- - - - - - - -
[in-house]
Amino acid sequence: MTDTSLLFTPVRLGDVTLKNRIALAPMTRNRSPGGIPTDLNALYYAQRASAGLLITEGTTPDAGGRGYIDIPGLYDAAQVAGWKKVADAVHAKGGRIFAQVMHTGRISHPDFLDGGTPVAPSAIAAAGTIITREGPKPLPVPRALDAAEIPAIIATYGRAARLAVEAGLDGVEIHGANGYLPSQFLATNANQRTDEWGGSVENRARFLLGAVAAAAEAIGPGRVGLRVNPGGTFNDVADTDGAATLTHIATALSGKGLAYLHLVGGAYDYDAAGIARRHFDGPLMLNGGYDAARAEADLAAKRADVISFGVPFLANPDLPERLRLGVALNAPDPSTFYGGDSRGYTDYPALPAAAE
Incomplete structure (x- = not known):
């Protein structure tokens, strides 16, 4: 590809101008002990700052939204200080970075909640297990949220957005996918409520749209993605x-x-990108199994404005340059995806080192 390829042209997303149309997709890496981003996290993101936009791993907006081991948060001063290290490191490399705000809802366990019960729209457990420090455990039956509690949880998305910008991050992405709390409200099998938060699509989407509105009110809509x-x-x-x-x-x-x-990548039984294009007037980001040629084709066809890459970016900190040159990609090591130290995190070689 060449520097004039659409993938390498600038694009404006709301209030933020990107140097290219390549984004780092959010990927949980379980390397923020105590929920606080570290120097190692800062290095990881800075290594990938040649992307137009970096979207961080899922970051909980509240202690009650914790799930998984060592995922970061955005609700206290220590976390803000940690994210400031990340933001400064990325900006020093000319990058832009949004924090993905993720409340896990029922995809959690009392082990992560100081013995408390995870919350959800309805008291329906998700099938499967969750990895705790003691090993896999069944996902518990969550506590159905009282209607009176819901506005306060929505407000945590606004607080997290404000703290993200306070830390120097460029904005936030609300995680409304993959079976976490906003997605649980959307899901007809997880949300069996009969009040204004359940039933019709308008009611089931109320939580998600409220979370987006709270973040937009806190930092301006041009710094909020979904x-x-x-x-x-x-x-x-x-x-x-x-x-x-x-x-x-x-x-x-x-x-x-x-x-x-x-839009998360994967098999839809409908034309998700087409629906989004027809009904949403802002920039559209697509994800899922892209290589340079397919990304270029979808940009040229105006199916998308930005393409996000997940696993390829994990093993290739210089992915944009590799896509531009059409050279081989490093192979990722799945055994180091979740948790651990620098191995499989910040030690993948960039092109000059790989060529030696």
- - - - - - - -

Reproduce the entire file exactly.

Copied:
[in-house]
Amino acid sequence: MTDTSLLFTPVRLGDVTLKNRIALAPMTRNRSPGGIPTDLNALYYAQRASAGLLITEGTTPDAGGRGYIDIPGLYDAAQVAGWKKVADAVHAKGGRIFAQVMHTGRISHPDFLDGGTPVAPSAIAAAGTIITREGPKPLPVPRALDAAEIPAIIATYGRAARLAVEAGLDGVEIHGANGYLPSQFLATNANQRTDEWGGSVENRARFLLGAVAAAAEAIGPGRVGLRVNPGGTFNDVADTDGAATLTHIATALSGKGLAYLHLVGGAYDYDAAGIARRHFDGPLMLNGGYDAARAEADLAAKRADVISFGVPFLANPDLPERLRLGVALNAPDPSTFYGGDSRGYTDYPALPAAAE
Incomplete structure (x- = not known):
């Protein structure tokens, strides 16, 4: 590809101008002990700052939204200080970075909640297990949220957005996918409520749209993605x-x-990108199994404005340059995806080192 390829042209997303149309997709890496981003996290993101936009791993907006081991948060001063290290490191490399705000809802366990019960729209457990420090455990039956509690949880998305910008991050992405709390409200099998938060699509989407509105009110809509x-x-x-x-x-x-x-990548039984294009007037980001040629084709066809890459970016900190040159990609090591130290995190070689 060449520097004039659409993938390498600038694009404006709301209030933020990107140097290219390549984004780092959010990927949980379980390397923020105590929920606080570290120097190692800062290095990881800075290594990938040649992307137009970096979207961080899922970051909980509240202690009650914790799930998984060592995922970061955005609700206290220590976390803000940690994210400031990340933001400064990325900006020093000319990058832009949004924090993905993720409340896990029922995809959690009392082990992560100081013995408390995870919350959800309805008291329906998700099938499967969750990895705790003691090993896999069944996902518990969550506590159905009282209607009176819901506005306060929505407000945590606004607080997290404000703290993200306070830390120097460029904005936030609300995680409304993959079976976490906003997605649980959307899901007809997880949300069996009969009040204004359940039933019709308008009611089931109320939580998600409220979370987006709270973040937009806190930092301006041009710094909020979904x-x-x-x-x-x-x-x-x-x-x-x-x-x-x-x-x-x-x-x-x-x-x-x-x-x-x-839009998360994967098999839809409908034309998700087409629906989004027809009904949403802002920039559209697509994800899922892209290589340079397919990304270029979808940009040229105006199916998308930005393409996000997940696993390829994990093993290739210089992915944009590799896509531009059409050279081989490093192979990722799945055994180091979740948790651990620098191995499989910040030690993948960039092109000059790989060529030696």